were all heading out to the Weis Church, a plain looking church from the
outside but elaborately decorated inside.  The church was built in 1739 as 
a pilgrimage stop after a statue in the old church supposedly wept.  The
inside is constructed in the rocco-baroque style with lots and lots of
stucco and the ceiling is covered with religious paintings.  It is quite a
sight.  After not too long of a visit there, I headed to Linderhof Castle.
I really liked this castle, but it also held one of the bigger
disappointments of the trip as the entire front of the main building was
covered with scaffolding and they had placed a canvas painting of what the
building looked like in front of the scaffolding.  Linderhof was the only
one of Ludwig II's castles to be completed.  Linderhof was completed in 1886
and includes a large park with a number of smaller buildings - Linderhof
itself is a smaller size castle.  The inside was as gaudy as Ludwig loved
his interiors with lots of paintings and gold and stucco.  But the outside
and grounds are just lovely.  I spent several hours roaming fountain areas
around the castle, the vast grounds, and smaller ornate buildings.  It was 
about 3 pm when I finished up with Linderhof and had nothing else planned 
for the day.  I had the depressing Dachau scheduled for the next morning 
and decided to move it up to that afternoon.  So around 4 pm I reached the 
Nazi concentration camp and spent a somber hour (it closed at 5 pm) at the 
museum and walking around the grounds.  On the drive back to my hotel, I 
made a last drive by Neuschwanstein for my final look as I wasn't going to
be going that direction the next morning.

Day 4, Thursday September 18
The day started off with a pretty drive along the northern Austria boarder
before hitting the autobahn to head to Munich.  On the autobahn, which 
doesn't have speed limits most of the time, I reached my top speed of 162 
kph - about 100 mph.  Most of the time I was in the 80s mph as I went with 
what I was comfortable with.  In Germany, that left a lot of people passing 
me; but in Austria and Switzerland, I was passing most people.  The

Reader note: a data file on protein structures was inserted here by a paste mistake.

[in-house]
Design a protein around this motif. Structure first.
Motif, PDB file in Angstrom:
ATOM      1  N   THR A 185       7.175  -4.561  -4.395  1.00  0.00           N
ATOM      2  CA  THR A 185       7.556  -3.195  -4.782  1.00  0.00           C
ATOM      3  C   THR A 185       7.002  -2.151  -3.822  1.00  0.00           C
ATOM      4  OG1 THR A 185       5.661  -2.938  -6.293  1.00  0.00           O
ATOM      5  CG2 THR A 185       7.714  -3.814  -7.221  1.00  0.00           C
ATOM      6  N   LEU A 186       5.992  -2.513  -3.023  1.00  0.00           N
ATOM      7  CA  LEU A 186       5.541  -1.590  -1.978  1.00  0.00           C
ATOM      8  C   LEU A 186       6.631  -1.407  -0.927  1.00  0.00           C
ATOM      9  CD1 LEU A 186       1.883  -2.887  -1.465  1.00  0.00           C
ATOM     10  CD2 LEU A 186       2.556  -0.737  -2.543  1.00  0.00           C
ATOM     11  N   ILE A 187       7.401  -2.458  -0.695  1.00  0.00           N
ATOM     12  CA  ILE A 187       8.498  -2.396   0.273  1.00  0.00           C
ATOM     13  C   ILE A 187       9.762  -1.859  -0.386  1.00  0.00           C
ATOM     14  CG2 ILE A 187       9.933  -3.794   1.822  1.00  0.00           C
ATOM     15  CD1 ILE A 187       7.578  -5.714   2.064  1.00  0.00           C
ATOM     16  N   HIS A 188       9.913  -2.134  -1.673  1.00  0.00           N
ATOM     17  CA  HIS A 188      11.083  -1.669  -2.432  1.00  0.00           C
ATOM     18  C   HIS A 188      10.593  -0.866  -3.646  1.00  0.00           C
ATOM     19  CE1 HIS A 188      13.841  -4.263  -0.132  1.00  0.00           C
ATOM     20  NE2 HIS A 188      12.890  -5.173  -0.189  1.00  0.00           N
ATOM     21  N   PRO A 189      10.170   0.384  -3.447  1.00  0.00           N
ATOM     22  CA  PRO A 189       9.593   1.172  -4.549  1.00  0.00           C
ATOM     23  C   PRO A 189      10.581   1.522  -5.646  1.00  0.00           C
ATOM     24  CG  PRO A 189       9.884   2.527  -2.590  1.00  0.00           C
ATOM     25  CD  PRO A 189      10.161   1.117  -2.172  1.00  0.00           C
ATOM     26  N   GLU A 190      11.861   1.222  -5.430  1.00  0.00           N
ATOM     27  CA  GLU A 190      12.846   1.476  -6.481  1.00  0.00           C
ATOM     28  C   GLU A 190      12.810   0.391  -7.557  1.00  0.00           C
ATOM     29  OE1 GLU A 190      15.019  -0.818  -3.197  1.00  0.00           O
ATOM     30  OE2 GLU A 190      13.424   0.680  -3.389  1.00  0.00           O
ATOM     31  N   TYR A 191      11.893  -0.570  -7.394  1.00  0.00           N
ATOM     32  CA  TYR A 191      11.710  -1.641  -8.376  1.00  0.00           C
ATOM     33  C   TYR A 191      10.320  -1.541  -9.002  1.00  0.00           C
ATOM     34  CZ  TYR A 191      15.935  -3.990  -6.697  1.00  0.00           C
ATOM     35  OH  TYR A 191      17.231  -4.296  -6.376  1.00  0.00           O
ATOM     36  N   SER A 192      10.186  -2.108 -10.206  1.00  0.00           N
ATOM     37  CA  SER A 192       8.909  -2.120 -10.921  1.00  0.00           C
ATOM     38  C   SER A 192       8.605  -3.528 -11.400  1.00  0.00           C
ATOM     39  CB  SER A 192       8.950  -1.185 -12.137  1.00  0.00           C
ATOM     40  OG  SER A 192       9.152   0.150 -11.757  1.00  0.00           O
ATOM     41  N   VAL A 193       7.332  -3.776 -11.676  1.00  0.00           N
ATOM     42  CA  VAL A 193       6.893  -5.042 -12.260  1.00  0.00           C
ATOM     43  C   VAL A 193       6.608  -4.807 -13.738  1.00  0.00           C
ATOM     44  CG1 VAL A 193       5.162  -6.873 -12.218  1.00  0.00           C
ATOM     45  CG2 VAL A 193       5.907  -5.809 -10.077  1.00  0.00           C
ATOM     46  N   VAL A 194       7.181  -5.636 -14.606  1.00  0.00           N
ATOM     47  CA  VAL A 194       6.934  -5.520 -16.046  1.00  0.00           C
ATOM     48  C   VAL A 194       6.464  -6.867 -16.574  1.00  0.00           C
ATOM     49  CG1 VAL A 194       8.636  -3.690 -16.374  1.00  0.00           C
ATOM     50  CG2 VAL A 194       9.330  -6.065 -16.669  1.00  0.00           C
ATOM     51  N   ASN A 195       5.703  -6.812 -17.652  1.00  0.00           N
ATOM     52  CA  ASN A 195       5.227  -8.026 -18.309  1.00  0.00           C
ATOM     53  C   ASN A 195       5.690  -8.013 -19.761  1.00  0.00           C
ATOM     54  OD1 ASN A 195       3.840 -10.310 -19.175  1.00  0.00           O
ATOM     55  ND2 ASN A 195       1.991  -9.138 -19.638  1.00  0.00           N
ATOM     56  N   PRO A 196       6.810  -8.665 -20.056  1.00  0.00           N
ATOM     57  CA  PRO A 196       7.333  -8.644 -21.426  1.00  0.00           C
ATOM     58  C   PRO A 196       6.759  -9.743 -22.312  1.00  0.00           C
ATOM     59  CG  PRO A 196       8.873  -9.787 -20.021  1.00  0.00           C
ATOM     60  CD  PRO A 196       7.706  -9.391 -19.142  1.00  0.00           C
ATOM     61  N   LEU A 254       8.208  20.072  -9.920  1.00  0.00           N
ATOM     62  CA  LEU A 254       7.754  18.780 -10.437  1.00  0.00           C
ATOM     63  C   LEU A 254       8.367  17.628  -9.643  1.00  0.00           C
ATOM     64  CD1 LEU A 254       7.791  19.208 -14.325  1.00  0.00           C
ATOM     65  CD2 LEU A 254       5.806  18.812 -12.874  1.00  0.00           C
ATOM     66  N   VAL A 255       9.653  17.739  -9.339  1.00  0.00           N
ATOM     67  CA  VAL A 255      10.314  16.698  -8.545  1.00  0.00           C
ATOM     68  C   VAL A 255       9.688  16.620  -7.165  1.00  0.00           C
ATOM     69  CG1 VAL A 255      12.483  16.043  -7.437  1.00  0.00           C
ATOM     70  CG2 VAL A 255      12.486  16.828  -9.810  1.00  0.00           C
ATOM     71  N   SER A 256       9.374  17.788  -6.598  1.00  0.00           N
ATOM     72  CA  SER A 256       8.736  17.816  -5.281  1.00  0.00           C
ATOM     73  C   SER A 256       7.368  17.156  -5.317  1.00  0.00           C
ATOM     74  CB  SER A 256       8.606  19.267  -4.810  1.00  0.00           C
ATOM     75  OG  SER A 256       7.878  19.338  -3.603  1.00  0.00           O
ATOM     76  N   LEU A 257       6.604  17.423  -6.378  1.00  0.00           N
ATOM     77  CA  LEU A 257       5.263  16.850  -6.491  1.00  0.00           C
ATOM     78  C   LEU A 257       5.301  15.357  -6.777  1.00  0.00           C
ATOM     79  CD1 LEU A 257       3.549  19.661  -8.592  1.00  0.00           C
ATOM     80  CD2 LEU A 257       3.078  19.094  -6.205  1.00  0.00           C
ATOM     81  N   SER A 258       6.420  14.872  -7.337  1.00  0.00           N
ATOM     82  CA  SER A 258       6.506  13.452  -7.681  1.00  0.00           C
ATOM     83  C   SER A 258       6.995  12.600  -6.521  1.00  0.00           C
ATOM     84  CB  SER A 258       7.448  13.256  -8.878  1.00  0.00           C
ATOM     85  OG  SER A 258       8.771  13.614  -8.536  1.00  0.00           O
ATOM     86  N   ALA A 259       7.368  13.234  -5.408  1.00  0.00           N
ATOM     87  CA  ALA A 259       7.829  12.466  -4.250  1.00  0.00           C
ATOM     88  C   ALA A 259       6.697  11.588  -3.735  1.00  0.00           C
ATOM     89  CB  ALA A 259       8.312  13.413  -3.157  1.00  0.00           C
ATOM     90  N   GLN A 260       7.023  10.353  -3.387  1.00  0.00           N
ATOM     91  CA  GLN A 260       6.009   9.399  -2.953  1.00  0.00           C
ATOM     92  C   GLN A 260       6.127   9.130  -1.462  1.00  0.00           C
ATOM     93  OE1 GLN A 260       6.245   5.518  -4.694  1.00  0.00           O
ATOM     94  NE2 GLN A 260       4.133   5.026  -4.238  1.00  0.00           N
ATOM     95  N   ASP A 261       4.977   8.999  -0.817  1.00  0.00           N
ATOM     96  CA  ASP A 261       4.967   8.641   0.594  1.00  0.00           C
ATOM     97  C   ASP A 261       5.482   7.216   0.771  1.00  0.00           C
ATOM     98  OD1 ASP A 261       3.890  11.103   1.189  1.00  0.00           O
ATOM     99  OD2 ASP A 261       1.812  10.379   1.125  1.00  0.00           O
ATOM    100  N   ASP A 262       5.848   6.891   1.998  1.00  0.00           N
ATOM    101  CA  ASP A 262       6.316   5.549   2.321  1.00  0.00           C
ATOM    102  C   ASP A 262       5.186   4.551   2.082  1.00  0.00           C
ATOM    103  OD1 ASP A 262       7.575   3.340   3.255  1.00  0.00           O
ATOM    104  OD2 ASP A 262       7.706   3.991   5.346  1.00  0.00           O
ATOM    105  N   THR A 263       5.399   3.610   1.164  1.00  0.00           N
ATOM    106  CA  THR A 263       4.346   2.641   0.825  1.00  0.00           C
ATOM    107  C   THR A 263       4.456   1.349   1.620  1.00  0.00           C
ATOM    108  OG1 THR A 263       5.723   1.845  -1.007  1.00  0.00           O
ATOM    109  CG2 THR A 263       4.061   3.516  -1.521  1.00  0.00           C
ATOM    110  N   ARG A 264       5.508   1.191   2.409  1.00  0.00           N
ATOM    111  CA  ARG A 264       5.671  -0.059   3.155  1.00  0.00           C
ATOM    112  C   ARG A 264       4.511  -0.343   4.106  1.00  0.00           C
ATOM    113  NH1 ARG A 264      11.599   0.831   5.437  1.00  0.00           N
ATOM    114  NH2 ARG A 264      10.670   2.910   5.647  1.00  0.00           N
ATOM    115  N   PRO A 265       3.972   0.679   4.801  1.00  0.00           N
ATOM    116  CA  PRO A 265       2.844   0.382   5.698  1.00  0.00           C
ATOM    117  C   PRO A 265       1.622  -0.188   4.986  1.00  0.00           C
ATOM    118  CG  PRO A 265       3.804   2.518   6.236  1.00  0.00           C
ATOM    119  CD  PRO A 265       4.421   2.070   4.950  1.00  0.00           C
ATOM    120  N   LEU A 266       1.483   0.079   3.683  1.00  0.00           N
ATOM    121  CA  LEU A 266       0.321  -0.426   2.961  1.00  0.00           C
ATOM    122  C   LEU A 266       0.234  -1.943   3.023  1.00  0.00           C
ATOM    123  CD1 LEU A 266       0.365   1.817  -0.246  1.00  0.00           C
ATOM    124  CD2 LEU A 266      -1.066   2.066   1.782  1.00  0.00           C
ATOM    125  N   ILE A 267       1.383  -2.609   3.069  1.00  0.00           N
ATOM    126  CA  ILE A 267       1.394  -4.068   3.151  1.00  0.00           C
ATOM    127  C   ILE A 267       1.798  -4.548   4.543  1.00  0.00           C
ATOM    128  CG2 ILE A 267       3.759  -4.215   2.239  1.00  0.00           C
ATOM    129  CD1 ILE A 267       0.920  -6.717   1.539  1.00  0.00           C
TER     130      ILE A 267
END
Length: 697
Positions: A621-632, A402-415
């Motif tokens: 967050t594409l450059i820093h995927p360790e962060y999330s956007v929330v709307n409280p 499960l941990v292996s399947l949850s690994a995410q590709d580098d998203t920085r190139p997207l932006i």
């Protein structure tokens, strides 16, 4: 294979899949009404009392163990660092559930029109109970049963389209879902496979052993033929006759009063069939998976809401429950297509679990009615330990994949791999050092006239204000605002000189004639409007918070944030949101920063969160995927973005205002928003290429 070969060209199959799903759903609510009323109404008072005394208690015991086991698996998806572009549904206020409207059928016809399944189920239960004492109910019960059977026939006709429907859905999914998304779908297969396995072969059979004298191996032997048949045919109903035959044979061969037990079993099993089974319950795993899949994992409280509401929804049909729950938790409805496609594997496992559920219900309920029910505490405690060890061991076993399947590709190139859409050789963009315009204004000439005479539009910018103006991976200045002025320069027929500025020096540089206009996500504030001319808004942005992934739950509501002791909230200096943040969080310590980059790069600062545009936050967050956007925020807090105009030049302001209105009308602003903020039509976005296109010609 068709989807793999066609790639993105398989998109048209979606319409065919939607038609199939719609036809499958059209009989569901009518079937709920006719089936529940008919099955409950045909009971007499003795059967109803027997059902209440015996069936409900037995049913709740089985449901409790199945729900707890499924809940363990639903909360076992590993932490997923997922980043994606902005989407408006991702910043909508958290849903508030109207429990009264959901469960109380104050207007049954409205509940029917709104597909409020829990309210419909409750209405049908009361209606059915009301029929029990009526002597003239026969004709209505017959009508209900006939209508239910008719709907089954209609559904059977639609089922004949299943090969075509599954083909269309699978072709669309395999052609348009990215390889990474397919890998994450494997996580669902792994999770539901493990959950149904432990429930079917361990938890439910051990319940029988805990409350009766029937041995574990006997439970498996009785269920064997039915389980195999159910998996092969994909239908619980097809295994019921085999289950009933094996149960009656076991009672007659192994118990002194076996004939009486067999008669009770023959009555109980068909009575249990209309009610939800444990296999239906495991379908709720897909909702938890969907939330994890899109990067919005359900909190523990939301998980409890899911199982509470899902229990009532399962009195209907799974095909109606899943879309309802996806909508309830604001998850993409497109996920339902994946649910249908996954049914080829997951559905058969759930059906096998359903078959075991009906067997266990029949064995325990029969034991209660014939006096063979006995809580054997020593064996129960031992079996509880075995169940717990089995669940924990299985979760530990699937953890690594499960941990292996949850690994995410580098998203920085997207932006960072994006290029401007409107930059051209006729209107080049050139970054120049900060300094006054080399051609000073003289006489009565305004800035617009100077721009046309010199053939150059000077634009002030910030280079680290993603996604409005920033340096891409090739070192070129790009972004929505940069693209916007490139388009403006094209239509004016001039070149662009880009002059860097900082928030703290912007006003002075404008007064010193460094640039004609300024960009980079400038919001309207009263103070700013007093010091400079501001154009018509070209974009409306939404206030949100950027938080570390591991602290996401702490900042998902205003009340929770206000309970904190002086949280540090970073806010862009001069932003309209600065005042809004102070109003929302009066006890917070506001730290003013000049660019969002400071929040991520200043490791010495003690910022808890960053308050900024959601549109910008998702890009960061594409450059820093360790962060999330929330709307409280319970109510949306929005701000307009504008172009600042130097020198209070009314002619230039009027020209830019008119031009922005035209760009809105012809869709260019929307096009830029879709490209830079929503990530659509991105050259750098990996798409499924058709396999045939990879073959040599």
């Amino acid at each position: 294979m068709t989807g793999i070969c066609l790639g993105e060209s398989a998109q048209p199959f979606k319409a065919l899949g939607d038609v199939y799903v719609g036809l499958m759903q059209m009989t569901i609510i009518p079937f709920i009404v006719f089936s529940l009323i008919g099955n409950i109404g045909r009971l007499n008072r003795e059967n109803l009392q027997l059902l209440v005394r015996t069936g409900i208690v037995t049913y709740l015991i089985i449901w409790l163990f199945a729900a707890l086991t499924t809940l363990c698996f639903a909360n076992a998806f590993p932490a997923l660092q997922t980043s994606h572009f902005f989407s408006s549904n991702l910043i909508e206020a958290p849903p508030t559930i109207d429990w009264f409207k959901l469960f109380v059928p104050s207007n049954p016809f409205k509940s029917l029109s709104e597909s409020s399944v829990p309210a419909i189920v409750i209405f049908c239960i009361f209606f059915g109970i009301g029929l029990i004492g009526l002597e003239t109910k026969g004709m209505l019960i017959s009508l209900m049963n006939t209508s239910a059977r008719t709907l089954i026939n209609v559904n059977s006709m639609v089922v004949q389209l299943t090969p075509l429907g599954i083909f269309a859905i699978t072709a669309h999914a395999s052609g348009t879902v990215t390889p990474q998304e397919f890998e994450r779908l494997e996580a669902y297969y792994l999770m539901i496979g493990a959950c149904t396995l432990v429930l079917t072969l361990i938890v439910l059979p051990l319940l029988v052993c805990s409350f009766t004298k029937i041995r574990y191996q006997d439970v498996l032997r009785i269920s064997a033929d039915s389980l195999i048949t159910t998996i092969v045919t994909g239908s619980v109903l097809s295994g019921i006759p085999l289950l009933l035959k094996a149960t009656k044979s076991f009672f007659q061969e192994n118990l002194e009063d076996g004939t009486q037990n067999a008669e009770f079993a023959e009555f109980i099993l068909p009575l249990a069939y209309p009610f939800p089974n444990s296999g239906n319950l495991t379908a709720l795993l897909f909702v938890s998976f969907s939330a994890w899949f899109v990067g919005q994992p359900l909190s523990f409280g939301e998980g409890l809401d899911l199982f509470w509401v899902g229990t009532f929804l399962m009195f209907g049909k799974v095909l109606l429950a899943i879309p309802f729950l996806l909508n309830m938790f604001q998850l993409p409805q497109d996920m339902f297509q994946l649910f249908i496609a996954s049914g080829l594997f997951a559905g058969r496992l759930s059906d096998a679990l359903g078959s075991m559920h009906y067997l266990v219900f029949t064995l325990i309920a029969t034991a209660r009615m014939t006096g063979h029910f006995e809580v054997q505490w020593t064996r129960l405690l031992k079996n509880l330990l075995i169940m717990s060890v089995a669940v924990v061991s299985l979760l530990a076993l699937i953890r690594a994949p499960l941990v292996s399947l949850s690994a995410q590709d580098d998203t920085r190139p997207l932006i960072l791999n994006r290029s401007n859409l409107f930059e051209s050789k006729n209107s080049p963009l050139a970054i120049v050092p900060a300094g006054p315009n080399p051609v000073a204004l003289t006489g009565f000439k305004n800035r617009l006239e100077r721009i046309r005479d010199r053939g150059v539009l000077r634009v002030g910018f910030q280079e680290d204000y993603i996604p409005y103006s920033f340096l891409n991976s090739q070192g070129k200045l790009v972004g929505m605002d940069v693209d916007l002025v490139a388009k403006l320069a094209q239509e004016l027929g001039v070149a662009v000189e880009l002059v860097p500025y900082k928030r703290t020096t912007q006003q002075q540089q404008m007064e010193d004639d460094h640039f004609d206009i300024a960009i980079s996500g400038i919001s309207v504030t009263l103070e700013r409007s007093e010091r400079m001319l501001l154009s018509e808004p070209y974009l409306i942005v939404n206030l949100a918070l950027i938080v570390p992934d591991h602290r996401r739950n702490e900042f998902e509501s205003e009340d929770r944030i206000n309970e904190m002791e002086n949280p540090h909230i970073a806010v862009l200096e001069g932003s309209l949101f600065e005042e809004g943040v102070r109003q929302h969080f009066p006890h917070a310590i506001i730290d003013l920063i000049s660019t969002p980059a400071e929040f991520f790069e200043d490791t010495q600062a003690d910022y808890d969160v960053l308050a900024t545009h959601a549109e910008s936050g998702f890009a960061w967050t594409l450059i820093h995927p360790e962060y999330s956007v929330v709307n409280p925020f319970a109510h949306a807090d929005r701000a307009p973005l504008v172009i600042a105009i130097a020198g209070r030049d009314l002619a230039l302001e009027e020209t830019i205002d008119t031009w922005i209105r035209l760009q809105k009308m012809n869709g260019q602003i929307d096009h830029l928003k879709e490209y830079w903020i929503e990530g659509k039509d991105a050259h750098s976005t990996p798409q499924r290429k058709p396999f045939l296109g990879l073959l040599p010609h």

destination for the morning was the Nymphenburg Palace - the Bavarian
royalty summer home.  Nymphenburg Palace was built in the mid 1600s.  In
addition to the large main building, there are a number of smaller 
buildings, fountains, and lakes in the almost 500 acre park.  After touring
the palace - the vast and grandly painted and stucco Grand Hall was worth
the visit alone (the interior was decorated/painted by the same people who
did the Weis Church, with the paintings based on mythology instead of
religion) - I started walking around the grounds.  Throughout the many 
hours I spent at Nymphenburg, I felt a strong sense of this being a place 
of royalty.  I walked all over the park and visited many of the smaller
building (quaint "little" lodges and houses).  I had originally planned on
just spend a few hours here then going to the Deutsches Museum (science
and technology), but was enjoying myself so much at the Nymphenburg Palace
that I spent most of the day there and didn't visit the Deutsches Museum.
At about 3 pm, I was finally done with the park and more than ready to move
on.  I got in the car and drove to Prien am Chiemsee (between Munich and
Salzburg) where I spent the night and visited a castle the next morning.

Day 5, Friday September 19
The morning started with a boat ride out to Herrenchiemsee Castle on an
island.  Herrenchiemsee was the 3rd castle that Ludwig II built and only an
handful of the rooms were completed before construction stopped in 1886.
The castle was designed based on Versailles and the interior paintings were
based on Louis XIV.  Though the inside was impressive and excessive, I loved
the statues and fountains that were part of the waterpark in front of the
building.  Afterwards I headed to Salzburg to visit the Hohensalzburg
Fortress.  The fortress goes back to real olden times as construction was
started in 1077 and various changes and additions were made through 1681.
After seeing so many more "recent" castles, it was very interesting touring
this older place - I especially got a small laugh when the guide described
the bishop's room as being "ornate".  After walking around the fortress and